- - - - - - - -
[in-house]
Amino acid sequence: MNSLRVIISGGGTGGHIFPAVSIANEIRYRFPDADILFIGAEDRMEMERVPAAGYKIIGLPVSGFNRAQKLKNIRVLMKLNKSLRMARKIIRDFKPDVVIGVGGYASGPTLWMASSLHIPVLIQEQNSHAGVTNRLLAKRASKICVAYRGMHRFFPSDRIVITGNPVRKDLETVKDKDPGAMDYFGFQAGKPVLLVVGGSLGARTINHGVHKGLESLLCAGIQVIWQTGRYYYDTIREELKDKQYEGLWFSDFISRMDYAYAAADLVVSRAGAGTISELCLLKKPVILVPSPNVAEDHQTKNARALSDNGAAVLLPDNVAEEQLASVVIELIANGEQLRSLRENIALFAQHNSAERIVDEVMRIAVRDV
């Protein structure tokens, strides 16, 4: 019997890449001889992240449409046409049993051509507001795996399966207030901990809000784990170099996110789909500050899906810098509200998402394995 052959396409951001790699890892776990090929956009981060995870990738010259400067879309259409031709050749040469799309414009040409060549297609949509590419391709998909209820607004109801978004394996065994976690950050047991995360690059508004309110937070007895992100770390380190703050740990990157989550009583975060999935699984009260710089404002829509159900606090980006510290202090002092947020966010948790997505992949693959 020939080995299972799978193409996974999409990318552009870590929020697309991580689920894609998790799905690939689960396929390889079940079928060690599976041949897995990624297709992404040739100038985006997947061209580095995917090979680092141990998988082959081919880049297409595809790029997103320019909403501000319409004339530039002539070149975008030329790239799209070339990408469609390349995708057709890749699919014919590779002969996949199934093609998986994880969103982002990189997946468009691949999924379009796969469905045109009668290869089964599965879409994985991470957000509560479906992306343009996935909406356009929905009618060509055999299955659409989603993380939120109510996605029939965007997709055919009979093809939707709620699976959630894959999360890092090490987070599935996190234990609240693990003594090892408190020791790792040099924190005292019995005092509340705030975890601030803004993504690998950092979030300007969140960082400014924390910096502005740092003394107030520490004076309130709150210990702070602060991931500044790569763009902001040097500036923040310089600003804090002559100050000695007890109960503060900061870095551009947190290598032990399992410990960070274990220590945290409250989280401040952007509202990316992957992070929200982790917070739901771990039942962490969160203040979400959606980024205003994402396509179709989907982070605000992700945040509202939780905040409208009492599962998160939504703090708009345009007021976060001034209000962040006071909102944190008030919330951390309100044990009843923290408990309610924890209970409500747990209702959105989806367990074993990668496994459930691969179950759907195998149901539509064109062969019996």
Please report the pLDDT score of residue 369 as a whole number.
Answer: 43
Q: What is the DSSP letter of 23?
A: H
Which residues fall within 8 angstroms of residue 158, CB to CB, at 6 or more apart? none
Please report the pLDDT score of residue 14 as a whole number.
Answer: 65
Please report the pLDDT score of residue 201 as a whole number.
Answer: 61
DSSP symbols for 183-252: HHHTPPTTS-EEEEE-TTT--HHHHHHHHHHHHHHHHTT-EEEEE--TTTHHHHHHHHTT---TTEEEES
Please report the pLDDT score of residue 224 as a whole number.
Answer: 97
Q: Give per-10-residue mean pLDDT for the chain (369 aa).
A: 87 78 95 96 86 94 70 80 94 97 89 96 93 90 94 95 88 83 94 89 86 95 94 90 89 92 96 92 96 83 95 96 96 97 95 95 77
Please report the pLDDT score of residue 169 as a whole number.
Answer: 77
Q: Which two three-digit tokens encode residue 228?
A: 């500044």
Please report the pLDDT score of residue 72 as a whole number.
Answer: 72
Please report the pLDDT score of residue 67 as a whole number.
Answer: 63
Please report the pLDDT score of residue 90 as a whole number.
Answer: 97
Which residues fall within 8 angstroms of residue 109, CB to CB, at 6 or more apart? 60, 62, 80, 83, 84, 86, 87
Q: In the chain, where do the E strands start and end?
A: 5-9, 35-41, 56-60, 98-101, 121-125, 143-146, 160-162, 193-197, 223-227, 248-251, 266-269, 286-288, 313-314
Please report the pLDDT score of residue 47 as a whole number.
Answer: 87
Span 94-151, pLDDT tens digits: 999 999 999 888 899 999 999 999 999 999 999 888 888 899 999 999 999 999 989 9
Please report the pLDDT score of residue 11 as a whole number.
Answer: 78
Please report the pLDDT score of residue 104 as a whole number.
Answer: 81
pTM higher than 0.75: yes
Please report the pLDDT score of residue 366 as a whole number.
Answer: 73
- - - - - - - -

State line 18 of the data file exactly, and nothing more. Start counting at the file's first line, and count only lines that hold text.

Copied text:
Please report the pLDDT score of residue 169 as a whole number.